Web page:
We often associate a decrease in or lack of rain to be the sole factor for droughts to develop. But there is another type of drought that can now be added to the drought typology – flash drought.
As has been said before, Australia is the land of extremes. Our climate is characterised by a vast variance in rain fall and frequent droughts. Droughts are the broad term describing a period with low or no rain that can last from a couple of weeks up to months and years. There are several types of droughts, and a drought may change characteristics over time and develop from one type to another. The various types of droughts can occur simultaneously.
- Meteorological drought: lack of rain
- Agricultural drought: a deficit of moisture in the soil and evaporating or transpiring into the air
- Hydrological drought: caused by a deficit of water in runoff and surface storage such as dams
- Socioeconomic drought: a lack of water that affects the supply and demand of economic goods and services.
- Flash drought
What is a flash drought?
Whilst it’s not very flashy to experiencing a flash drought, the name suggests its main characteristic; it occurs as quickly as a flash. This is in stark contrast to a normal drought, that evolves slowly and that is solely caused by a lack of rainfall. A flash drought can change a perfect looking farmland having the right moisture in the soil, prime for growing an abundant healthy crop, to a pile of crackling dirt in a couple of weeks or just a month. The agricultural drought is then a reality. The onset of the flash drought is quick, and it may end as quickly as it arrived, but its duration may also be long. Farmers do not stand a chance to react as it all happens so quickly.
Insufficient rainfall or precipitation are the fundamental factors of a drought. A flash drought intensifies the consequences of lack of rain due to other factors. These factors are abnormally high temperatures, low humidity, strong winds and clear skies (radiation). The lethal cocktail can swiftly change the local climate. One way to describe the flash drought phenomena is to describe the air as being ‘thirsty’ or expressed in scientific terms – the air has ‘increased evaporative demand’. This translates to that air sucks out the moisture from plants and soil, rapidly depleting even soil with optimal moisture levels. In the instance where there is a lack of rainfall or precipitation to replenish the moisture lost, an agricultural drought emerges.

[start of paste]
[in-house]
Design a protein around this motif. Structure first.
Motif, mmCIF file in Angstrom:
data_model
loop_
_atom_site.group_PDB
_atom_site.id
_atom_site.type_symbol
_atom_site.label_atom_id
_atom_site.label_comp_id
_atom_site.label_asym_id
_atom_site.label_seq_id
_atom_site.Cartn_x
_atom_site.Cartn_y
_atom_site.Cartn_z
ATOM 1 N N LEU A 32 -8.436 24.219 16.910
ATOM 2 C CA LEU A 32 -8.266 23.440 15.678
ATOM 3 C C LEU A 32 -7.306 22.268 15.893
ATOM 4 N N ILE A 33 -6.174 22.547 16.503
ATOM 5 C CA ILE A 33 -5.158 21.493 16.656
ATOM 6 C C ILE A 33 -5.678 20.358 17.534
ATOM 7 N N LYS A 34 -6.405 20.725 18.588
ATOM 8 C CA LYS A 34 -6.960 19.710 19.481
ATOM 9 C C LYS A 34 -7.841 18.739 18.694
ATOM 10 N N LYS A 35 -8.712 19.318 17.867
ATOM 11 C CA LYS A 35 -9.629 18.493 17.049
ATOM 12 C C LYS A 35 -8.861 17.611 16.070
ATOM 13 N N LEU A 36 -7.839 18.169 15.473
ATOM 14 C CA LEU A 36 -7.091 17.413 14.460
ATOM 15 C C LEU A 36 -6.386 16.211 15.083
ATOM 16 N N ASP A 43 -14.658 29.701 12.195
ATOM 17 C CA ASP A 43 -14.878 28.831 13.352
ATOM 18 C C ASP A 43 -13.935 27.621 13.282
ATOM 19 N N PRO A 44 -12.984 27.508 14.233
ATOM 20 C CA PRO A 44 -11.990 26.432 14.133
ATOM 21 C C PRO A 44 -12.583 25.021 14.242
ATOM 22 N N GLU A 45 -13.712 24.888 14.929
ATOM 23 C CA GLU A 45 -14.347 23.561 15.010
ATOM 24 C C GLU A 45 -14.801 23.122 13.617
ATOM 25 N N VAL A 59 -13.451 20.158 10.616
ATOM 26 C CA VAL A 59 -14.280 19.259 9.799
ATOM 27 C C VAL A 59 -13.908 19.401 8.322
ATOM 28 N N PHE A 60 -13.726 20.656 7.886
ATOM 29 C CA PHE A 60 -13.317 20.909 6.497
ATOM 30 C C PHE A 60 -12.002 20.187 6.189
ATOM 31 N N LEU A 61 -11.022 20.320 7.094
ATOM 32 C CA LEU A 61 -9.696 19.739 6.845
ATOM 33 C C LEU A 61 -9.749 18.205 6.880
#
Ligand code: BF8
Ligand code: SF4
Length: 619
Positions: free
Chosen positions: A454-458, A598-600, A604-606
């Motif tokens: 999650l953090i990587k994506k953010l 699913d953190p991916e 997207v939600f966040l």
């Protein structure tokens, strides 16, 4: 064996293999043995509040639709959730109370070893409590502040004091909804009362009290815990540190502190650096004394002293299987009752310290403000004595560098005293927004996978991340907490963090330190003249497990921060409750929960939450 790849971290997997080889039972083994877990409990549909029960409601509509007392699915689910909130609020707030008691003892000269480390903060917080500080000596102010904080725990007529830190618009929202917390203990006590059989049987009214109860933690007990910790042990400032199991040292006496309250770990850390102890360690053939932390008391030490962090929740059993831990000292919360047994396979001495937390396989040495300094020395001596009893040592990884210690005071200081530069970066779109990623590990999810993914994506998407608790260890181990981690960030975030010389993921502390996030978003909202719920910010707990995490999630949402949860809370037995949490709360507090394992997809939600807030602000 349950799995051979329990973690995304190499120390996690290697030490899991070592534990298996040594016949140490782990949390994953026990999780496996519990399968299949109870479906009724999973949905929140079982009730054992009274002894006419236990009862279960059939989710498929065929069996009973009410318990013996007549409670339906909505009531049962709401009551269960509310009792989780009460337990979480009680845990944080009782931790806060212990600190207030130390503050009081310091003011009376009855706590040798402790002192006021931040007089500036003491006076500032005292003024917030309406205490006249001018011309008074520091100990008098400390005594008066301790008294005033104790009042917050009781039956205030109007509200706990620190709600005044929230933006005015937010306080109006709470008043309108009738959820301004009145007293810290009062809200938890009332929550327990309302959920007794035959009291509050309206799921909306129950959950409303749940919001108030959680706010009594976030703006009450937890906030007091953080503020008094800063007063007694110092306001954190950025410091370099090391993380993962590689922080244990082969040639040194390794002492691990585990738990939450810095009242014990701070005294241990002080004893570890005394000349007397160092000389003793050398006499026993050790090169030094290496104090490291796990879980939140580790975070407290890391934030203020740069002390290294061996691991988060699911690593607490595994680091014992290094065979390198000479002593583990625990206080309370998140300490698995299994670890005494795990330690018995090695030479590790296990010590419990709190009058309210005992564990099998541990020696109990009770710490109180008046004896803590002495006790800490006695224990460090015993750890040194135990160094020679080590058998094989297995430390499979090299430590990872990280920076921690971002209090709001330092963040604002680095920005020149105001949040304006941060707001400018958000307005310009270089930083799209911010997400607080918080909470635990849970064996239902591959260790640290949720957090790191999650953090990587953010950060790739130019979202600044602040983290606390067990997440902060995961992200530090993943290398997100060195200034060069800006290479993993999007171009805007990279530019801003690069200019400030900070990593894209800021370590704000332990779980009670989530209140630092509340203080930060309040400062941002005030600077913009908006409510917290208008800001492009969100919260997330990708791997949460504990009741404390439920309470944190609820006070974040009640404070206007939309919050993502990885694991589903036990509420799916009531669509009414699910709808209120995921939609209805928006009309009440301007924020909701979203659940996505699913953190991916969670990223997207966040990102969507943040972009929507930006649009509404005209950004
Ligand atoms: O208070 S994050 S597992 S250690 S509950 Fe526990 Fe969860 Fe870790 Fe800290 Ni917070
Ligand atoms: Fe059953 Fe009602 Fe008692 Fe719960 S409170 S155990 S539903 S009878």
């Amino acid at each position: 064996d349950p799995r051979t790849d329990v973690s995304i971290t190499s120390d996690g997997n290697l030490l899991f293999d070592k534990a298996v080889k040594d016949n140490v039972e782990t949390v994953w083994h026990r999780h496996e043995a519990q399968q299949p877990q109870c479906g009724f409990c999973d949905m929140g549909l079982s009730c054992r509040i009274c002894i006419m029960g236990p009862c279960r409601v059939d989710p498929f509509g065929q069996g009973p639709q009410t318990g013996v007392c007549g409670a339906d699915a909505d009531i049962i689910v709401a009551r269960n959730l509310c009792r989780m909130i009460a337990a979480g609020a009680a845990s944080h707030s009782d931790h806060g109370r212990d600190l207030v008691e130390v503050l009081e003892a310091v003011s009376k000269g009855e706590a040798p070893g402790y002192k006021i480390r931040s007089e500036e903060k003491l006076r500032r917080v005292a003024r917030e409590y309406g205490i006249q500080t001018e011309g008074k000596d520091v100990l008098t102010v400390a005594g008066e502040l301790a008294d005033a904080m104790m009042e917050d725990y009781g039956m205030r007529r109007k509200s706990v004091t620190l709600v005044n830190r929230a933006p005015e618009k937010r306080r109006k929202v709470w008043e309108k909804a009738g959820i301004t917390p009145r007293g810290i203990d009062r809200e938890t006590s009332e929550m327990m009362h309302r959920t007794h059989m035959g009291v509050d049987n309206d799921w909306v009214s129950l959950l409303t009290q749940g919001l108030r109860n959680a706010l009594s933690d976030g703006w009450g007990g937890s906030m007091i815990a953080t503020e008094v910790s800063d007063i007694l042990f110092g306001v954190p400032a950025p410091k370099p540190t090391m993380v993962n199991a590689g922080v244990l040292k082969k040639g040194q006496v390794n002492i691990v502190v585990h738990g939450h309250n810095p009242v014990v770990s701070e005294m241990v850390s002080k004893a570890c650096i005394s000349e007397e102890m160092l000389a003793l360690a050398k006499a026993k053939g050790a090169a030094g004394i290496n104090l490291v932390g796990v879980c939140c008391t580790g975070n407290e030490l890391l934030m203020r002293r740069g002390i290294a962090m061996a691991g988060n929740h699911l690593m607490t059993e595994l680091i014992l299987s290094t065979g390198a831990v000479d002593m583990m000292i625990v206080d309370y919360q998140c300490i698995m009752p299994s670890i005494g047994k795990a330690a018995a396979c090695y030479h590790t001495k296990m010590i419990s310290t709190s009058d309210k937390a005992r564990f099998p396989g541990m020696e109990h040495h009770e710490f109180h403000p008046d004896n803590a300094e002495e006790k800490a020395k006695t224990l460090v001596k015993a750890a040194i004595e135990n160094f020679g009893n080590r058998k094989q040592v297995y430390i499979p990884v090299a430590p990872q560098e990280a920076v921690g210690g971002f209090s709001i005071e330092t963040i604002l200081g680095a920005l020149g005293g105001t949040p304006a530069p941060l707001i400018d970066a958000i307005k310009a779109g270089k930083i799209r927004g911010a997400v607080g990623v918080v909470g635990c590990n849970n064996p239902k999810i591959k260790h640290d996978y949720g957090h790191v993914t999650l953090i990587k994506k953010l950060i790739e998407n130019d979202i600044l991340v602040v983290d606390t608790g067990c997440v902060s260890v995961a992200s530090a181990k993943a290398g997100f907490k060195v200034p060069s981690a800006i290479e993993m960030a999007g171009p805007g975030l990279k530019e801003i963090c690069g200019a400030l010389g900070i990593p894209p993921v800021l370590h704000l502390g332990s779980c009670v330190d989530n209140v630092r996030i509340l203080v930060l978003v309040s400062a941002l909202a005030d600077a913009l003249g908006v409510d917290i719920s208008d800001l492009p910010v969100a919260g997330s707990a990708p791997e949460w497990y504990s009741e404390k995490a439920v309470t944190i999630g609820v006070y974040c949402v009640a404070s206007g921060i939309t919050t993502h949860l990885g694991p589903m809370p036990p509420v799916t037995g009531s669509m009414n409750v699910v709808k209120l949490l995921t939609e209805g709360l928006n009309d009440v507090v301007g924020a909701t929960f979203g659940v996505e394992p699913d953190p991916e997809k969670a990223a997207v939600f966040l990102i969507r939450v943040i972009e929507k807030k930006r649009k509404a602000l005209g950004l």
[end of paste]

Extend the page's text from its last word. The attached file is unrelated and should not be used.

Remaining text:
When and where do they occur?
Flash droughts are not a new type of drought, but in tandem with a progressively hotter planet the incidence of this type of drought has increased. Flash droughts that have evolved to severe droughts over the past decade have put this type of drought in the spotlight.
This type of severe drought took place in the US Midwest in 2012 where in May 30% of the continental USA had abnormally dry surroundings. In August the same year, a flash drought had extended to include 60% of the US Midwest which now experienced a severe and ongoing drought.
There are certain regions that are more prone to flash droughts than others; regions with varied rain fall and high evaporative demand. Australia fits the bill perfectly. Flash droughts can occur at any time of the year but is more likely to emerge during the spring and summer seasons.
The prolonged and severe drought in Southern Queensland, NSW and Victoria 2017 – 2019 is an example of an Australian flash drought.
Can you predict flash droughts?
The sudden onset of a flash drought has devastating consequences beyond the economical for farmers and their families, although the economic figures paint a clear picture. Wimmera is an Australian region that was affected by a flash drought in 2015. This resulted in a devastating loss of pulse and grain crops; $500 million in potential yield was lost and the wheat production fell by 23%.
Whilst these figures are grim, to predict a flash drought would be the light at the end of the tunnel and enable farmers to prepare. There is hope. There is intense research currently taking place to found ways to predict flash droughts – and the outlook is looking positive. New findings conclude that certain precursors can alert of a flash drought occurring up to four weeks in advance. One of Australia’s most prominent climate driver, the El Niño-Southern Oscillation (ENSO) is closely interlinked with droughts and strongly affects rainfall, and ENSO could be used as a reliable indicator. Another precursor is the weather and with increasingly sophisticated forecasting the weather and climatic conditions can be projected weeks and even a month in advance, warning of a potential flash drought.
Rainwater harvesting is essential in a country with an erratic climate, as is the case with Australia. Bushmans offer a wide range of rainwater tanks in an array of shapes (round water tank, squat rainwater tank, slimline water tank) and colours. Bushmans Tanks are also highly suitable when implemented as retention and detention tanks in storm water systems and water treatment facilities.
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